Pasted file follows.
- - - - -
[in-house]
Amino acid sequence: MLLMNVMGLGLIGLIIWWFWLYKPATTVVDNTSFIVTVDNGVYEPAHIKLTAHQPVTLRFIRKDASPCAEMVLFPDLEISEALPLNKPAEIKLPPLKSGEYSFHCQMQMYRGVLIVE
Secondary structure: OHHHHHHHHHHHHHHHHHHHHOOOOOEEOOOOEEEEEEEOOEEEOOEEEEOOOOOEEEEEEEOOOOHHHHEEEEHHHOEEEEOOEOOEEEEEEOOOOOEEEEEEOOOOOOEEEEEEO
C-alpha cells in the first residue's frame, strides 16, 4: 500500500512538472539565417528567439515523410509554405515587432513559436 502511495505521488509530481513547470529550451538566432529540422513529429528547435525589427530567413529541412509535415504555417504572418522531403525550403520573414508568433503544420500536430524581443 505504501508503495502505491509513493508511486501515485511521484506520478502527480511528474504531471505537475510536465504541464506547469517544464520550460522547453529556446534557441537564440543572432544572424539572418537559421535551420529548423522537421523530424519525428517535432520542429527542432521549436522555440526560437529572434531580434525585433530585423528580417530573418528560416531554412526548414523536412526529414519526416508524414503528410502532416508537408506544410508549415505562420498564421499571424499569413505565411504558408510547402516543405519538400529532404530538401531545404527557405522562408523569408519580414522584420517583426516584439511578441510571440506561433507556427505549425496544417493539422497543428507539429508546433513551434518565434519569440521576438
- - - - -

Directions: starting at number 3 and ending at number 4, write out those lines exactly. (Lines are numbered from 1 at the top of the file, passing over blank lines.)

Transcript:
Secondary structure: OHHHHHHHHHHHHHHHHHHHHOOOOOEEOOOOEEEEEEEOOEEEOOEEEEOOOOOEEEEEEEOOOOHHHHEEEEHHHOEEEEOOEOOEEEEEEOOOOOEEEEEEOOOOOOEEEEEEO
C-alpha cells in the first residue's frame, strides 16, 4: 500500500512538472539565417528567439515523410509554405515587432513559436 502511495505521488509530481513547470529550451538566432529540422513529429528547435525589427530567413529541412509535415504555417504572418522531403525550403520573414508568433503544420500536430524581443 505504501508503495502505491509513493508511486501515485511521484506520478502527480511528474504531471505537475510536465504541464506547469517544464520550460522547453529556446534557441537564440543572432544572424539572418537559421535551420529548423522537421523530424519525428517535432520542429527542432521549436522555440526560437529572434531580434525585433530585423528580417530573418528560416531554412526548414523536412526529414519526416508524414503528410502532416508537408506544410508549415505562420498564421499571424499569413505565411504558408510547402516543405519538400529532404530538401531545404527557405522562408523569408519580414522584420517583426516584439511578441510571440506561433507556427505549425496544417493539422497543428507539429508546433513551434518565434519569440521576438